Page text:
Notice for Review Requests

I receive review requests weekly. However, my personal schedule is hectic and I no longer review actively. (I also manage another blog called The Toronto Cafe and Food Blog). I do read every request sent but I apologize in advance that I do not reply to them all.

If I do take on a request, I will forewarn that it may take some time before I can review it. I am now looking to review adult fiction and self-help books instead of young adult fiction because I have grown out of it. If you are to request a review for either adult fiction or self-help, I will more likely to give it a shot.

In the meantime, Stop, Drop, and Read! serves as an archive book review blog. When I have the time, I may post a review. Thank you for understanding.

Monday, March 23, 2015

Author Post: Jay Stritch

Title: The Man of a Thousand Faces
Author: Jay Stritch
Description: Nineteen year old Achill has never left his training camp on Mars. With the revelation that his mother was exiled from the strict system after he was born he feels even more pressure to prove his loyalty and status as a fearless warrior who doesn't think before he kills. That is until he, who has never been taught of love or freedom, is sent on a secret mission for which he must travel through the other seven planets and fight for survival. As his journey unfolds he will discover unknown truths, potential love and face the strangeness of the lives and culture of those raised so differently to him. He may even uncover the timeless mystery of the man of a thousand faces. As tensions rise and the stakes are higher than ever Achill must decide who he is actually fighting for as he tries to understand both conflicts between the planets and also within himself.


Hey guys! I am bringing a new author post today. Jay Stritch is the author of an upcoming sci-fi series, The Eight World Chronicles. The first novel, The Man of a Thousand Faces, is now out. Check her post below about what makes us love the anti-hero and details on where to get her novel!


Thank you for having me on your blog today. I am thrilled to be able to talk about ‘The Man of a Thousand Faces.’ Today I thought I’d talk about a topic that makes up a large portion of the book and that is the power of the anti-hero.

I don’t know what it is but the characters I always wind up falling in love with the most are those who I hated to start with. To my mind it has always been far more appealing to have a character that is flawed but capable of redemption than a ready-made hero who you are supposed to fall in love with. Maybe I'm just a little dysfunctional (certainly a possibility) but it definitely makes for more interesting reading when a character undergoes such a transformation.

I think the reasons this is so powerful centre around hope, identifiability, and environment.

Hope: This is often what we live for, what makes us thrive, keeps us happy and I think that when reading about a character’s ability to change their ways it gives us hope for our own lives and for the world in general which so often feels stuck in ways of prejudice.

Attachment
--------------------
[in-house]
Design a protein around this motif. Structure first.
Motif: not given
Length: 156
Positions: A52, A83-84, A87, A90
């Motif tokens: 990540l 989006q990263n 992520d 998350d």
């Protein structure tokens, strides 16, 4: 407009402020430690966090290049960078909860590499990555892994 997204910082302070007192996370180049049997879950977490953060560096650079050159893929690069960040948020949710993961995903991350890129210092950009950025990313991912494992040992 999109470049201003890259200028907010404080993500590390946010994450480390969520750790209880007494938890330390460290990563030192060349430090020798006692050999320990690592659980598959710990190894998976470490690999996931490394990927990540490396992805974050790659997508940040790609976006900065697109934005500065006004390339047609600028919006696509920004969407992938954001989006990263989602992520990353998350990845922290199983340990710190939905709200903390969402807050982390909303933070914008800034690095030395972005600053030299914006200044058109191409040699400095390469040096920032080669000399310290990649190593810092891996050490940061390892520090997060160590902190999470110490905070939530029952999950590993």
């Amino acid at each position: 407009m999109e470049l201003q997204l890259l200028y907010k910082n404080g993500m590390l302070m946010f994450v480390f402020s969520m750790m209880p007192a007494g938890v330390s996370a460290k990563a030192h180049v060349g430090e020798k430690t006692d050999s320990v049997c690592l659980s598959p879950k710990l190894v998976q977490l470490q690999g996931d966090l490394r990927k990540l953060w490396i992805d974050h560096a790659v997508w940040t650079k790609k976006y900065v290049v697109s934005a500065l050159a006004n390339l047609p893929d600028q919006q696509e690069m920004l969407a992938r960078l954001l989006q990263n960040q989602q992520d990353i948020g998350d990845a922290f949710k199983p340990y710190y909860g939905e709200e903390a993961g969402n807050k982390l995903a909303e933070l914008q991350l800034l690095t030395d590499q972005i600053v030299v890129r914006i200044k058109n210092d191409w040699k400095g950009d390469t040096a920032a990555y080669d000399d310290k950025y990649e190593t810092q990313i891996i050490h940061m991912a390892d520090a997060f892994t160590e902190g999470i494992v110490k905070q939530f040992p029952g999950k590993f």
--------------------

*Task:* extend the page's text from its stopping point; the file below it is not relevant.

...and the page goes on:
Identifiability: I think it is a lot easier to identify with a flawed character than a hero. In the presence of a hero I tend to shrink away, to feel inferior but I can root for someone who is a damaged product of the life they have lead so far having to turn it around and become a hero. We like to be able to relate to what we read, to see our lives reflected back at us in all their gritty realism, horror and delight and that is what you get when you read of someone’s struggle and not only of their success. 

Environment: I think that it is impossible to get to a certain age and not feel like the world has messed you up a little. Like you have to hold it accountable for some of your darker moments. Also looking around the world or opening a news paper we see many environments people have had to endure which seem unbearable. War, hardship, poverty, indoctrination, I think it’s always a wonderful reminder when you can separate a person from their environment and allow them to think for themselves. It gives us inspiration not to be defined by circumstance but to live by our own standards and beliefs.

These three things are the key to why an anti hero can be so powerful, likeable and readable in my humble opinion.

When writing ‘The Man of a Thousand Faces,’ I really wanted to explore the psyche of someone who had been raised in a very all consuming system and knew nothing but a certain way of life. And then I endeavored to take him out of that system and confront the other possibilities of life. It was interesting seeing how these beliefs unravelled and how difficult it can be to try and start from scratch again and discover who you are when who you've been told you are no longer holds true.

I hope this doesn't make the book sound too serious, it is actually a fun should buy it, it’s available on Amazon now:


Author Bio: Jay Stritch is a published author, Cambridge student and part time occupant of the real world. (They’re trying to convince her to go full time but she’s having none of it.)

Born and raised a country girl and more accustom to cows than cars she is an avid reader, writer and adrenaline junkie. Jay wears big glasses for her short shortsightedness, both literally and figuratively. She has just published the first installment of the eight worlds chronicles - 'The Man of a Thousand Faces.'

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Liviania said...

Sounds interesting! I do think it is a great concept for a book starring a nineteen-year-old - that's really about the time people start exploring outside of the things they've known growing up.

Diana Dang said...

It does! It's a strange and exciting time when you get to experience something new. It's the equivalent to us travelling to see new countries haha.